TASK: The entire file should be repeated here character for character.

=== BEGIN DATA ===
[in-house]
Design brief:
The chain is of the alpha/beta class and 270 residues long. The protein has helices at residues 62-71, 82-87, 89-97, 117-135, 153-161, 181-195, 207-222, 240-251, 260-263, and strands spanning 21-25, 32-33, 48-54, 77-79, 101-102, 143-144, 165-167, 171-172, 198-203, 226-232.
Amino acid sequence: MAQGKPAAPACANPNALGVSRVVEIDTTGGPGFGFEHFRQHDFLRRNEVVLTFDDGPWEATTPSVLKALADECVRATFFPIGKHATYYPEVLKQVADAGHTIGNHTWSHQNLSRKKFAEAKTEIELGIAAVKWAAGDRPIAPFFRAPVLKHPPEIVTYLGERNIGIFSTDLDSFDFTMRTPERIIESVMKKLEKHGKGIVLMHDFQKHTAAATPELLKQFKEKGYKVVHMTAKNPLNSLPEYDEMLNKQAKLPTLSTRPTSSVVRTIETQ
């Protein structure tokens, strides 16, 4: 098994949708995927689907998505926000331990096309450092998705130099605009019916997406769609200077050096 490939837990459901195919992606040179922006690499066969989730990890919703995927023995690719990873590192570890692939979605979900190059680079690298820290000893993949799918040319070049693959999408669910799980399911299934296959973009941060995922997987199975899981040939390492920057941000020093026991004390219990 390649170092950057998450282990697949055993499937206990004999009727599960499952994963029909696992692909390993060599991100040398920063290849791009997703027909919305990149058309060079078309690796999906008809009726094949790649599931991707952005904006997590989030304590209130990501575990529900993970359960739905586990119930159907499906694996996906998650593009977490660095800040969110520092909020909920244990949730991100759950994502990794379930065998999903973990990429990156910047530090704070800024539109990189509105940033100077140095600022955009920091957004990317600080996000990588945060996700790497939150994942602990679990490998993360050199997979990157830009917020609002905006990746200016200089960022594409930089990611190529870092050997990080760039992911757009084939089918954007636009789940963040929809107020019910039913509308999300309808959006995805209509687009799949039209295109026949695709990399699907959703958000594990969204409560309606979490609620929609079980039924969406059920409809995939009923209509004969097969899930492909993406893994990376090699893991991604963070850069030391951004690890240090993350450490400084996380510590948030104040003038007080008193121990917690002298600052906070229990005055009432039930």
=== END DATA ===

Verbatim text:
[in-house]
Design brief:
The chain is of the alpha/beta class and 270 residues long. The protein has helices at residues 62-71, 82-87, 89-97, 117-135, 153-161, 181-195, 207-222, 240-251, 260-263, and strands spanning 21-25, 32-33, 48-54, 77-79, 101-102, 143-144, 165-167, 171-172, 198-203, 226-232.
Amino acid sequence: MAQGKPAAPACANPNALGVSRVVEIDTTGGPGFGFEHFRQHDFLRRNEVVLTFDDGPWEATTPSVLKALADECVRATFFPIGKHATYYPEVLKQVADAGHTIGNHTWSHQNLSRKKFAEAKTEIELGIAAVKWAAGDRPIAPFFRAPVLKHPPEIVTYLGERNIGIFSTDLDSFDFTMRTPERIIESVMKKLEKHGKGIVLMHDFQKHTAAATPELLKQFKEKGYKVVHMTAKNPLNSLPEYDEMLNKQAKLPTLSTRPTSSVVRTIETQ
């Protein structure tokens, strides 16, 4: 098994949708995927689907998505926000331990096309450092998705130099605009019916997406769609200077050096 490939837990459901195919992606040179922006690499066969989730990890919703995927023995690719990873590192570890692939979605979900190059680079690298820290000893993949799918040319070049693959999408669910799980399911299934296959973009941060995922997987199975899981040939390492920057941000020093026991004390219990 390649170092950057998450282990697949055993499937206990004999009727599960499952994963029909696992692909390993060599991100040398920063290849791009997703027909919305990149058309060079078309690796999906008809009726094949790649599931991707952005904006997590989030304590209130990501575990529900993970359960739905586990119930159907499906694996996906998650593009977490660095800040969110520092909020909920244990949730991100759950994502990794379930065998999903973990990429990156910047530090704070800024539109990189509105940033100077140095600022955009920091957004990317600080996000990588945060996700790497939150994942602990679990490998993360050199997979990157830009917020609002905006990746200016200089960022594409930089990611190529870092050997990080760039992911757009084939089918954007636009789940963040929809107020019910039913509308999300309808959006995805209509687009799949039209295109026949695709990399699907959703958000594990969204409560309606979490609620929609079980039924969406059920409809995939009923209509004969097969899930492909993406893994990376090699893991991604963070850069030391951004690890240090993350450490400084996380510590948030104040003038007080008193121990917690002298600052906070229990005055009432039930």